Business owners - when we finally emerge from the coronavirus pandemic, how would you like to take a nice, long vacation? I’m not talking about a week at your favorite spot on the beach or in the mountains. I mean a month, three months or more. Can’t imagine being away from your business that long?
Check out what Brightworth advisors and planners have to say about wisely managing your financial future.
With millions of people working from home now, and some suddenly having to get creative with their home office set up, make sure you are still working in a healthy environment. Here are some tips to improve your new workspace!
While most of the country focuses on staying healthy and safe during the current pandemic, it’s hard to escape the real economic impact all of this has taken. The general age group most susceptible to the health dangers of COVID-19, people 60 years old and older, and includes many Americans who are nearing retirement. The recent stock market volatility has, in most cases, hit their portfolios.
The most common question I have received from my clients over the last month Is “Should I invest some of the cash I’ve been sitting on?” Whether you have saved your last bonus, had a liquidity event such as sale of a rental property or received an inheritance, or you have just been thrifty, let me walk you through the exercise I take my clients on when answering this important question.
Having been in the business world for over 40 years now and having experienced several (let’s not count!) economic and stock market upheavals, a quote often attributed to Mark Twain (aka Samuel Clemens) comes to mind: “History doesn’t repeat itself, but it often rhymes”.
During the COVID-19 pandemic, many people want to stretch the impact of their dollars for their families while continuing to help others. Even during a downturn, donating stock may be one way to achieve that goal and support the nonprofits that are tirelessly serving our communities during this time of urgent need.
In our personal and professional lives, we are continually learning about one another, subtly adjusting our behavior as we understand ourselves and understand others in order to get along,enjoy being together and become more effective. While every day is different, we generally know each other’s habits and reactions in most situations. In other words, normal behavior. This knowledge builds our informal social norms, and we become comfortable operating within these norms.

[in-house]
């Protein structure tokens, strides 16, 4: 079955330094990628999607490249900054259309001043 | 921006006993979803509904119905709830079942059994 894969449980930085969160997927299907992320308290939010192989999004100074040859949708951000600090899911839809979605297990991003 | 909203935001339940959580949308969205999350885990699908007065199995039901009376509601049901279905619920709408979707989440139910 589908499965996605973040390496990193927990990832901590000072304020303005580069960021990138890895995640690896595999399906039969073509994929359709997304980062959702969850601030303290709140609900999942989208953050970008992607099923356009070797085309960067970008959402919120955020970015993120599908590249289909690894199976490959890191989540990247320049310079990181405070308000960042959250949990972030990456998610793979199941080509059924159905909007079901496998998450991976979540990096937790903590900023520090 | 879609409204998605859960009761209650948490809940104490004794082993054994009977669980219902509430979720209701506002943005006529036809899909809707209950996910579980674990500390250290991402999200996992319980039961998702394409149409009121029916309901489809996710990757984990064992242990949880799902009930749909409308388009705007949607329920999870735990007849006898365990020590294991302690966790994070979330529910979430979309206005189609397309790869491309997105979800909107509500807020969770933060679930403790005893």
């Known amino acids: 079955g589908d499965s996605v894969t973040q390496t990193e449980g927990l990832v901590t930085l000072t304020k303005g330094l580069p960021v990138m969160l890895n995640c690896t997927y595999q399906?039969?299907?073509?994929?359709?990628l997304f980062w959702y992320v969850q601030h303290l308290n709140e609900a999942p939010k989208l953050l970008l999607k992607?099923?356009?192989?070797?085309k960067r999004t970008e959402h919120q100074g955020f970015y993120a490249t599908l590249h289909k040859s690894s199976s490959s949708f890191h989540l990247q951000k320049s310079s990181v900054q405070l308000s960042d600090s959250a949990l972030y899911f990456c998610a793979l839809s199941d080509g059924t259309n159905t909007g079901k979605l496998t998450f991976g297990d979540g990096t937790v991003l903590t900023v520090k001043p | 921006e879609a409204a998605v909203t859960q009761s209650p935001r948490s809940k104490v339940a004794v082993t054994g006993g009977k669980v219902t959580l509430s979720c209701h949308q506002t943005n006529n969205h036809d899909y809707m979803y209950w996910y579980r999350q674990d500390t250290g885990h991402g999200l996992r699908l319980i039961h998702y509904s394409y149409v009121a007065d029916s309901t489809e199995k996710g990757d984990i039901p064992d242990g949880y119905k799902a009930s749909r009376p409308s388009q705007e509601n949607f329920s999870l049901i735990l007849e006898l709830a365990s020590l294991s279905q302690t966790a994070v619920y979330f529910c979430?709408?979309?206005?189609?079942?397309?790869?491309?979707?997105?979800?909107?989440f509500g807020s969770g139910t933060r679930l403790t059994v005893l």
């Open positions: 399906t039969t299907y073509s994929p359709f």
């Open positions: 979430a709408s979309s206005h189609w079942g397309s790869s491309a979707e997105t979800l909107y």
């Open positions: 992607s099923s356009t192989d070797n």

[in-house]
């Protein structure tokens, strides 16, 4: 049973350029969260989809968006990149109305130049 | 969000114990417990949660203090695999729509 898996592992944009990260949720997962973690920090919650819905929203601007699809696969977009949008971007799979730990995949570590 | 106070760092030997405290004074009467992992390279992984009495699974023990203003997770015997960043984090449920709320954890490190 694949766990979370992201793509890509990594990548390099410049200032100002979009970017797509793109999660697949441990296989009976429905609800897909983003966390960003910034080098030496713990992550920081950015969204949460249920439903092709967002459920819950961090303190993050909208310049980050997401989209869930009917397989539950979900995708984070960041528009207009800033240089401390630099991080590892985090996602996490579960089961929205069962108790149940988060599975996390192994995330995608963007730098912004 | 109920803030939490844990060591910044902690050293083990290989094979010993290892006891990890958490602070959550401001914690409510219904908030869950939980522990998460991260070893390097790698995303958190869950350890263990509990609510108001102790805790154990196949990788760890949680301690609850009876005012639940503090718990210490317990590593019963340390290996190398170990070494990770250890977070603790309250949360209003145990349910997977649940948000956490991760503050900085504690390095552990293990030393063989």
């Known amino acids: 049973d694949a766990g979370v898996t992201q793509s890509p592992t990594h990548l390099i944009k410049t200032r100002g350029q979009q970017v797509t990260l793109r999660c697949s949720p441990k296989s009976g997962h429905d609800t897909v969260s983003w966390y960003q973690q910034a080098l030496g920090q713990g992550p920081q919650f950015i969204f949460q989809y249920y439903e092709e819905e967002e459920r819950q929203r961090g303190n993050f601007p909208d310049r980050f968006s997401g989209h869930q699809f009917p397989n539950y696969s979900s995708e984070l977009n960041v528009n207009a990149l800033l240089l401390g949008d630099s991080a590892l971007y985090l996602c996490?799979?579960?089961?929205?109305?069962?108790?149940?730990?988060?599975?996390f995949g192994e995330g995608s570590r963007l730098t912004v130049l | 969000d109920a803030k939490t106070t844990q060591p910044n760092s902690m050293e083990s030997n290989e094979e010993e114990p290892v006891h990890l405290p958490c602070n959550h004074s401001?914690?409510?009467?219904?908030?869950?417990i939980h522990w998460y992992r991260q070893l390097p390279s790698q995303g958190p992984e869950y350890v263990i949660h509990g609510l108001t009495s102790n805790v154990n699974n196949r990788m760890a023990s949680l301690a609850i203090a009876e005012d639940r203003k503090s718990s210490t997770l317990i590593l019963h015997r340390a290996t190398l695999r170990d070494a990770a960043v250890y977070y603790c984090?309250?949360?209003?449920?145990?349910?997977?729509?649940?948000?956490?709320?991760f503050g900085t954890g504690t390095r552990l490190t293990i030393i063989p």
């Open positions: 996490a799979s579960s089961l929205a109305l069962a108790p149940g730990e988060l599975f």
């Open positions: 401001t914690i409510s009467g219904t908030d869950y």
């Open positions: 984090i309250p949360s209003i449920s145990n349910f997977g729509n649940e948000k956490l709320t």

Few of us had heard the phrase “social distancing” at the beginning of the year. But now, maintaining safe, hygienic spaces that help limit the spread of the coronavirus is part of our lives. I hope this is short-lived, but in the meantime, we should do everything we can to thrive during this time.
As we all watch the latest news about the coronavirus, it’s easy to be scared about our physical and financial health. Some people may not leave their homes or allow children and grandchildren to play with others. Others, worried about a recession or financial meltdown, may be making major changes to their finances or investment accounts.
Whether growing or floundering, every organization reflects the individuals and leadership of which it is made. At the same time, from top to bottom, from vision to execution, each individual evolves and becomes what they strive for as they reach their individual goals. What that means is that the organization is experiencing and reflecting what the individual employees and leadership are experiencing, and vice-versa. Take the S Curve as an example.
One life event more than any other marks a turning point for how seriously families consider their finances: having a baby. New babies bring new life challenges, with financial repercussions that can stretch into retirement. In this brief video, Brightworth wealth advisor and veteran parent Tom Presley shares five tips for preparing for the financial challenges you’ll face in early parenthood.